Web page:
In regions ravaged by war and poverty, health infrastructures are usually vertically integrated, with individual specialized clinics set up to deal with acute cases. This system has proved effective at combating large-scale diseases such as tuberculosis and polio, and in several cases has succeeded in effectively wiping out the diseases. The approach is, however, much less effective at dealing with chronic illnesses, the result of a lifetime of poor health habits. These can only be prevented with a holistic approach.
Chronic non-communicable diseases (NCDs) are becoming an increasingly worrying problem in Palestine, as in much of the rest of the world. A vertical healthcare system causes inefficiencies in the treatment of patients with NCDs, and does little to educate patients on the life choices that lead to them. The United Nations Relief and Works Agency for Palestine Refugees (UNRWA), a relief and humanitarian development organization, has adopted a novel, more horizontal approach for its 137 health centers. Currently, the centers operate under a vertical scheme in which patients visit different clinics within a health center. The clinics act as independent entities within the health center, and communication about patients does not extend much beyond medical chatter. In an attempt to restructure and optimize the facilities, and to create a health care system that can prevent long-term diseases, the UNRWA is now moving towards a family health team model.
Family health teams are health centers in which doctors, nurses and other medical staff, who are trained in a range of illnesses, concentrate on the issues most prevalent in a specific region. This allows for a concentration of efforts against the most common illnesses, reducing the time, money and resources spent on setting up specific clinics. Key to this approach is that they are structured to operate in the same way as a general practitioner, who follows a person throughout the course of their life. Medical staff guide patients on health decisions throughout their lives. Family health teams bring a much more personal approach to healthcare, and can be key in combating chronic diseases by starting to teach good habits at a young age. Vertical arrangements, on the other hand, only deal with the patient for the duration of a specific illness.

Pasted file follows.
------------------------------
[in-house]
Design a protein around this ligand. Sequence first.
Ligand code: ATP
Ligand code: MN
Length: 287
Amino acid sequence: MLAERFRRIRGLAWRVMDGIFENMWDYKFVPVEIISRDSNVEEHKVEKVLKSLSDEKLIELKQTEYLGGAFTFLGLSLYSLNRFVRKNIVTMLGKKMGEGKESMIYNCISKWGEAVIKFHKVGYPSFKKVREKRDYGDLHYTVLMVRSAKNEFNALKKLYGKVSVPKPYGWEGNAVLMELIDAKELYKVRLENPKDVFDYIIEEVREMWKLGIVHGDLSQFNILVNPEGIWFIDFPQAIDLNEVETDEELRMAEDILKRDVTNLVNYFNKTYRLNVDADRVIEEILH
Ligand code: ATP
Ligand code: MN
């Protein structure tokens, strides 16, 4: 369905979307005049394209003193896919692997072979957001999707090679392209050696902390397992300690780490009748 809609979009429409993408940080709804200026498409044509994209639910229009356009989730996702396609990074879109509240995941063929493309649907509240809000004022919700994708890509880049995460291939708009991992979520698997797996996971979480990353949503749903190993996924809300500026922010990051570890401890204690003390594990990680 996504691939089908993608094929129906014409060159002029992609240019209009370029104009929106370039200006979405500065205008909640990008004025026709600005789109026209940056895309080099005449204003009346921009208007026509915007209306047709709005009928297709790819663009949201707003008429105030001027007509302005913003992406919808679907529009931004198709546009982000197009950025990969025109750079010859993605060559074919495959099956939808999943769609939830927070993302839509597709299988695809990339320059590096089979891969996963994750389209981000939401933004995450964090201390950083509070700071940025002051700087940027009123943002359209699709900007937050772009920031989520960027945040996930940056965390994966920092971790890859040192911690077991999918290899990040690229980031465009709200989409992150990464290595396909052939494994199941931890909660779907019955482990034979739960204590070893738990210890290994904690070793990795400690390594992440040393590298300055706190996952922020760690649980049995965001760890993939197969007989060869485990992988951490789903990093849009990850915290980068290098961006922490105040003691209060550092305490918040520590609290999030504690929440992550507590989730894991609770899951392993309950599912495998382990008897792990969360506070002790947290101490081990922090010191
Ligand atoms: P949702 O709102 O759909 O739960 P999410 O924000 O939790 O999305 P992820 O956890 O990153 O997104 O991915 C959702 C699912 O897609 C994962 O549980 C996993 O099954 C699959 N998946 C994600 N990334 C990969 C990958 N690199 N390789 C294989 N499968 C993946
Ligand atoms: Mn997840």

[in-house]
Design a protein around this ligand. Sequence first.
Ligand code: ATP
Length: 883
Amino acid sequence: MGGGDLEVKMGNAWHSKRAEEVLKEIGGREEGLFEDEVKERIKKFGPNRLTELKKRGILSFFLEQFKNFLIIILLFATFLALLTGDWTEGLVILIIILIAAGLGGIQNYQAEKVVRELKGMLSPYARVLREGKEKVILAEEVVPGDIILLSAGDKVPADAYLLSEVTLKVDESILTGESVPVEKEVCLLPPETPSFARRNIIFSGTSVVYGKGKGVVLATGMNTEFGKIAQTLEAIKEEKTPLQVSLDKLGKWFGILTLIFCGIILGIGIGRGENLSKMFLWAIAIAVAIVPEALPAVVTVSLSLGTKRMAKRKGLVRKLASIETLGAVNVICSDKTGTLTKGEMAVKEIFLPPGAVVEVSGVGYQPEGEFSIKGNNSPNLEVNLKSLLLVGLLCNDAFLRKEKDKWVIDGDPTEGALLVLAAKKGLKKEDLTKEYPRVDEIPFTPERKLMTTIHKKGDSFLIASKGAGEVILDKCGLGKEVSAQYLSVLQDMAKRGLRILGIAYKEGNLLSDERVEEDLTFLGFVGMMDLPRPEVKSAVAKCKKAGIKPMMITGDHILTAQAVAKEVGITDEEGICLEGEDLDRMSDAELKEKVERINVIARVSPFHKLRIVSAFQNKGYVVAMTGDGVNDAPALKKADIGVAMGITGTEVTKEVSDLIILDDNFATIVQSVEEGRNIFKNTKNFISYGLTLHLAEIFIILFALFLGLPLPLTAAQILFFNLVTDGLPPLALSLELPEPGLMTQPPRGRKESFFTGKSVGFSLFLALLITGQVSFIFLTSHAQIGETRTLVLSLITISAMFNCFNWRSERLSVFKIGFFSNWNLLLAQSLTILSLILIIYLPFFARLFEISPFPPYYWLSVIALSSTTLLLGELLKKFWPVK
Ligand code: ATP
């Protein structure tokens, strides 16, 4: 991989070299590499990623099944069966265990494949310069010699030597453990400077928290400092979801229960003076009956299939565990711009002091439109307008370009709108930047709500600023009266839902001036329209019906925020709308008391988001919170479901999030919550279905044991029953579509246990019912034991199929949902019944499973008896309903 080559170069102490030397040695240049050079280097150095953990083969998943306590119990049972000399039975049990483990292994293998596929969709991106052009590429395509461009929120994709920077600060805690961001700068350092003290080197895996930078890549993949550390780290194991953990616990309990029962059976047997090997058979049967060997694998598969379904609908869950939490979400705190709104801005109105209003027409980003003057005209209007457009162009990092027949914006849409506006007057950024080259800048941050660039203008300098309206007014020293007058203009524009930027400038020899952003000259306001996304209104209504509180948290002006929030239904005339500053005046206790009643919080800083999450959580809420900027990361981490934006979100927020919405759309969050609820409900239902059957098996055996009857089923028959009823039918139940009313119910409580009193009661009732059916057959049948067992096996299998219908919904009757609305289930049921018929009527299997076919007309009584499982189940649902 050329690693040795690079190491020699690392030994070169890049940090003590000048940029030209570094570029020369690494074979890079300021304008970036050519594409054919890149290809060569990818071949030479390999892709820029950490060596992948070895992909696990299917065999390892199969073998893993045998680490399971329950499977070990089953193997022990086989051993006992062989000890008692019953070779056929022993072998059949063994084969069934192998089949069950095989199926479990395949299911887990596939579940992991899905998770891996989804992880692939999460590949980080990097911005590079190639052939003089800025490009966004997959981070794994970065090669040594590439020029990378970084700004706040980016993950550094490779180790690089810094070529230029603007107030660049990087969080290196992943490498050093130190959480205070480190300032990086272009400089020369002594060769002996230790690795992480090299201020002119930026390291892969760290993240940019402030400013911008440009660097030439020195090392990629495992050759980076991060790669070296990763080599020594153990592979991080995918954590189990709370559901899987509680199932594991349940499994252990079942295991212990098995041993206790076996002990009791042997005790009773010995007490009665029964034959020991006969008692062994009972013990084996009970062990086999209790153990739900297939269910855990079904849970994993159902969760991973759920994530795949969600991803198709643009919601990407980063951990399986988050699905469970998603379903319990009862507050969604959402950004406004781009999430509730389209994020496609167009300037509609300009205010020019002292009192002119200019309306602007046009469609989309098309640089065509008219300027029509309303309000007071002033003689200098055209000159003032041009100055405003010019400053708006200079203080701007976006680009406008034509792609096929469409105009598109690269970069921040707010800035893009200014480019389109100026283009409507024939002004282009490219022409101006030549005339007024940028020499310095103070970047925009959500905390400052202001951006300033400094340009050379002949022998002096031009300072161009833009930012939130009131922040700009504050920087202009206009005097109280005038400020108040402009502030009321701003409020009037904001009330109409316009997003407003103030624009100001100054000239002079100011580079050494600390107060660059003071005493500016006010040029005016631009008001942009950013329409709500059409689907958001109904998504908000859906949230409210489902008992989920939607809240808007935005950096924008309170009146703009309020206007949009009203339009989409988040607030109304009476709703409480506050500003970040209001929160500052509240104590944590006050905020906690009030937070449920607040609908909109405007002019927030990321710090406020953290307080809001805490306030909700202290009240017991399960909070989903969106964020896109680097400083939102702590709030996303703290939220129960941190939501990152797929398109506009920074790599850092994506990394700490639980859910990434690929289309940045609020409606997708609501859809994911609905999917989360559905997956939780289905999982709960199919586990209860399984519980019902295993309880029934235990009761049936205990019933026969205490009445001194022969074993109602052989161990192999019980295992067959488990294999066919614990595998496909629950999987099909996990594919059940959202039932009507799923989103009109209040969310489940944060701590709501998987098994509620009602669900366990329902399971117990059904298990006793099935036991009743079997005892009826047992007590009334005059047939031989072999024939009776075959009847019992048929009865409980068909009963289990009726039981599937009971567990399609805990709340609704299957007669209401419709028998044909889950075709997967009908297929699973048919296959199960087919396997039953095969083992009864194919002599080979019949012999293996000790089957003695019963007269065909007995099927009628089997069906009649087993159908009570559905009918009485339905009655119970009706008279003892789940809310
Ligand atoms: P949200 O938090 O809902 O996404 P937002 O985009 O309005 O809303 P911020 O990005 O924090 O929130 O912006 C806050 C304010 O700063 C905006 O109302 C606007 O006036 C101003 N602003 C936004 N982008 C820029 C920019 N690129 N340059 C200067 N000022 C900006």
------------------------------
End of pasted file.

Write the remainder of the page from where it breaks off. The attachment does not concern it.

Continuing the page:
The benefits of this kind of implementation are already being witnessed in some health centers. By consolidating medical staff familiar with the most prevalent diseases under one roof, patients now work with a team - instead of individual clinics - and the care becomes much more personalized: it’s now about the person, not the illness. The approach has an added benefit for relief and educational efforts in the region, where operations related to health are now achieved more effectively. For example, the education branch of the UNRWA is improving the health of school children by teaching them through the family health team.
The UNRWA consulted with local refugee communities about family team healthcare, and gained their support. Host countries also support the measures, and are now applying them towards national health policies. As existing teams and infrastructures are being reorganized, no additional staff will be necessary once the set-up period is over, and the system should be able to sustain itself under the current funding scheme.
The plan is to convert 63 refugee health centers by 2015, and all 137 by 2020. Akihiro Seita and his team at the UNRWA present their findings on implementing the family health team model at the 2012 Geneva Health Forum (April 18-20, 2012). Specific results are not yet available, and it will be several years before we see a first generation go through the family health team, but it’s not too difficult to imagine that this approach will be very beneficial to the region.
(Photo © United Nations Relief and Works Agency for Palestine Refugees)
With many thanks to Dr Slim Slama for his very helpful clarifications used towards this article.
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